The omega-3 fatty acid content should be expressed by weight and not in area percent, says GOED in the industry consultancy

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The Global Organization for EPA and DHA Omega-3s (GOED; Salt Lake City, UT) has issued a new industry recommendation on how to correctly express the content of omega-3 fatty acids EPA, DHA and other fatty acids in oils. GOED explains in the recommendation that according to the voluntary GOED monograph of the association, which industry and association members are welcome to follow, the content of EPA, DHA and total omega-3 fatty acids in oils should be expressed in weight (mg / g /) Measure and not area percentage.

The weight of fatty acids, according to the guidelines, should be expressed as free fatty acid equivalents in mg / g oil, and each fatty acid should be expressed as mg / g of the specific chemical form such as triglycerides and ethyl esters. For capsules, the fatty acid content should be given in mg per capsule, while the content of liquid products should be given in mg per ml. In addition, the contents should be based on the mass of the portion and not on the volume, since it cannot be assumed that 1 ml of oil weighs 1 gram, according to the instructions.

The reason that quantifying fatty acid content by weight is the ideal method is that a weight measurement defines the exact amount of fatty acids in the product. In contrast, the quantification of the fatty acid content based on area percentages does not take into account any other components that may be present in the oil. Oils can contain other lipids and substances depending on the type of oil and processing. “If the weight of these other substances is not corrected, using an area percentage to determine the content of a particular fatty acid leads to an error in the indication of the fatty acid content of the oil,” writes GOED. “This error is greater when there is a higher proportion of lipids and other substances that do not contribute to the fatty acid profile measured by the fatty acid analysis.”

Unfortunately, the instructions explain that today fatty acids are often measured by a combination of gas chromatography, which separates the various fatty acids, and a detection technique such as flame ionization detection or mass spectrometry. “The detector measures each fatty acid as a specific signal peak, the size of the peak corresponding to its concentration. By adding up the total area of ​​the peaks and determining the area corresponding to a peak of a particular fatty acid, one can calculate an area percentage (percent of the total area) of the fatty acid in question, ”the instructions say. “This percentage corresponds neither to the content of this single fatty acid nor to a percentage by weight.”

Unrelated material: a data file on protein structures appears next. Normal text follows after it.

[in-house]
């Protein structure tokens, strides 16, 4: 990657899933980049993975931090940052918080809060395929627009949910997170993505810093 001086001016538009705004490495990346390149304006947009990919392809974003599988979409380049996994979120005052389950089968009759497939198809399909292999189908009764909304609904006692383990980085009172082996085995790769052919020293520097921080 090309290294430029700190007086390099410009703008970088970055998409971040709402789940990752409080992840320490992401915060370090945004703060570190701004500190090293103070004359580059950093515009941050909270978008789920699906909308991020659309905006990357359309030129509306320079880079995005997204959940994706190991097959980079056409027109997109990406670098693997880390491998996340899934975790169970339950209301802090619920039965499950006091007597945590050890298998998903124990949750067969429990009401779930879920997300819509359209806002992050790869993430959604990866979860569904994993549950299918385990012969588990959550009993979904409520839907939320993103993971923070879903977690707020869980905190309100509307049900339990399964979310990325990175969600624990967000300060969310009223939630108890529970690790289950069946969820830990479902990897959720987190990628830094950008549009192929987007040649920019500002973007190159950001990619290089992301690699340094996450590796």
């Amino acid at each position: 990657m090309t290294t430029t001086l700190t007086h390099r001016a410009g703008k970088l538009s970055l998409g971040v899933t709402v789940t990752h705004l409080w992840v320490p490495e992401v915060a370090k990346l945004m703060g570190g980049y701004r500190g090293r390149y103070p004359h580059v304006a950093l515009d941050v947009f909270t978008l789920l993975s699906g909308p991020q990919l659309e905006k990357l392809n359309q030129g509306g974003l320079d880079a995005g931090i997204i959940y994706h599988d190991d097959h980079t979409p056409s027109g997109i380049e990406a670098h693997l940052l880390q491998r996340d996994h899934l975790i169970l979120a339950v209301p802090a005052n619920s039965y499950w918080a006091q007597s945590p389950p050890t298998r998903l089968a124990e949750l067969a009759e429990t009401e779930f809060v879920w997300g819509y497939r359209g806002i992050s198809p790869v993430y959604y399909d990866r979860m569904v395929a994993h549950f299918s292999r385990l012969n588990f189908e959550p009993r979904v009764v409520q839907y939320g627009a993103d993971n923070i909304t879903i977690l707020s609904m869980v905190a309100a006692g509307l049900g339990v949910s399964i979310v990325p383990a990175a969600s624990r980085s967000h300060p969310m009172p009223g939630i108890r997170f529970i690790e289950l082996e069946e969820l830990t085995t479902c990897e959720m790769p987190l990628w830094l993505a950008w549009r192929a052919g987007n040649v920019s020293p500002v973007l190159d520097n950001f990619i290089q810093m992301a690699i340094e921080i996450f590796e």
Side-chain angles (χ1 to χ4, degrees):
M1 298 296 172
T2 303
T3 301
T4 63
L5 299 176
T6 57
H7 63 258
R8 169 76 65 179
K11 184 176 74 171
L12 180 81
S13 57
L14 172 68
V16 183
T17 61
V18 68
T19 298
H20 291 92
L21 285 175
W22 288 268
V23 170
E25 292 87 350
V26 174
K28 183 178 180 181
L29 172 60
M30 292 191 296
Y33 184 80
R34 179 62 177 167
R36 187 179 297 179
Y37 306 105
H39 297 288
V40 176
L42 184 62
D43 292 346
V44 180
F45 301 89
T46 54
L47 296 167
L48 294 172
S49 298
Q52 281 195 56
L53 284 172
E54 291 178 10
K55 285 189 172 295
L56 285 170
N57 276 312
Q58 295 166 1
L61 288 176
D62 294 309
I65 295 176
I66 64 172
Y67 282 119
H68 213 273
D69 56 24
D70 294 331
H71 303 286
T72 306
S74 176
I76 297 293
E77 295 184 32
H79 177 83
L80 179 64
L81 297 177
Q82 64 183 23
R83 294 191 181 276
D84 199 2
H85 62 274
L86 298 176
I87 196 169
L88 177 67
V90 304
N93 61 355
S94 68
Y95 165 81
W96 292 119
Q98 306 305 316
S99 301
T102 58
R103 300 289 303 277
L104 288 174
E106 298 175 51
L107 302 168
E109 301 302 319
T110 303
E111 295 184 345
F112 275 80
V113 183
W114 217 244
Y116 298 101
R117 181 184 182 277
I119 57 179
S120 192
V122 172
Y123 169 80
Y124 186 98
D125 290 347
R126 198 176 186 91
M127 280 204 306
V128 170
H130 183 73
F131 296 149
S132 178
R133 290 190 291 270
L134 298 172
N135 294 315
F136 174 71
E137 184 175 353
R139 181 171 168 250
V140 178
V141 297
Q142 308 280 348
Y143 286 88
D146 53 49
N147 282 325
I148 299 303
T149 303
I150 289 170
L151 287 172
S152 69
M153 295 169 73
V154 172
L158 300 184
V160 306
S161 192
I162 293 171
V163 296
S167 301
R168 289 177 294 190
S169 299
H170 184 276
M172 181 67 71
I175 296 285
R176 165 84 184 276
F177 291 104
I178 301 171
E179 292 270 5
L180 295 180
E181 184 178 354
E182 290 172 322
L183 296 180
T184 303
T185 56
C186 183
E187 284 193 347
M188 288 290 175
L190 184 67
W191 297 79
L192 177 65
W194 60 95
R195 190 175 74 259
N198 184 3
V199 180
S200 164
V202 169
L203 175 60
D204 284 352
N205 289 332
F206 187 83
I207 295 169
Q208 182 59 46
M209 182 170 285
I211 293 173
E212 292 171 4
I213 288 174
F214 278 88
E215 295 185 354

To illustrate the unreliability of an area percentage measurement, GOED explains that the dilution by adding water does not change the area percentage, while the weight content would be much lower due to the dilution. In addition, not all fatty acids in the detector produce the same peak response, which means that the area percentage of one fatty acid does not correspond to the same amount of another fatty acid with the same area percentage. “Since different peaks contribute differently to the calculated total area percentage, it cannot be assumed that the area percentage determined for a certain fatty acid exactly reflects its concentration in the oil,” explains GOED. However, giving the free fatty acid content by weight makes it easier to compare the EPA and DHA content in omega-3 oils and between products of different chemical forms, says GOED.

GOED also provides examples of how an area percentage measurement of a fatty acid inflates the oil content when it is converted into weight concentration. In one sample, the EPA area percentage was calculated to be 23.24, which corresponds to 232 mg EPA when calculated from area percentage. However, when using the GOED method, the EPA weight content was 216 mg / g triglycerides.

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GOED says this discrepancy is an example of how using area percentages can artificially inflate the calculated amount of oil in a product – and how this could be harmful to consumers. “As a result, it can then appear that less oil is needed to formulate a particular product. The use of less oil in the formulation leads to an incorrect and lower dose than intended for the consumer, ”writes GOED. “Put simply, an incorrect content expression can lead to label declarations not being adhered to. If a nutrient has to be present at 100% of the declared value, compliance cannot be consistently achieved with area percentages, and the deviations vary from one type of oil to another. “

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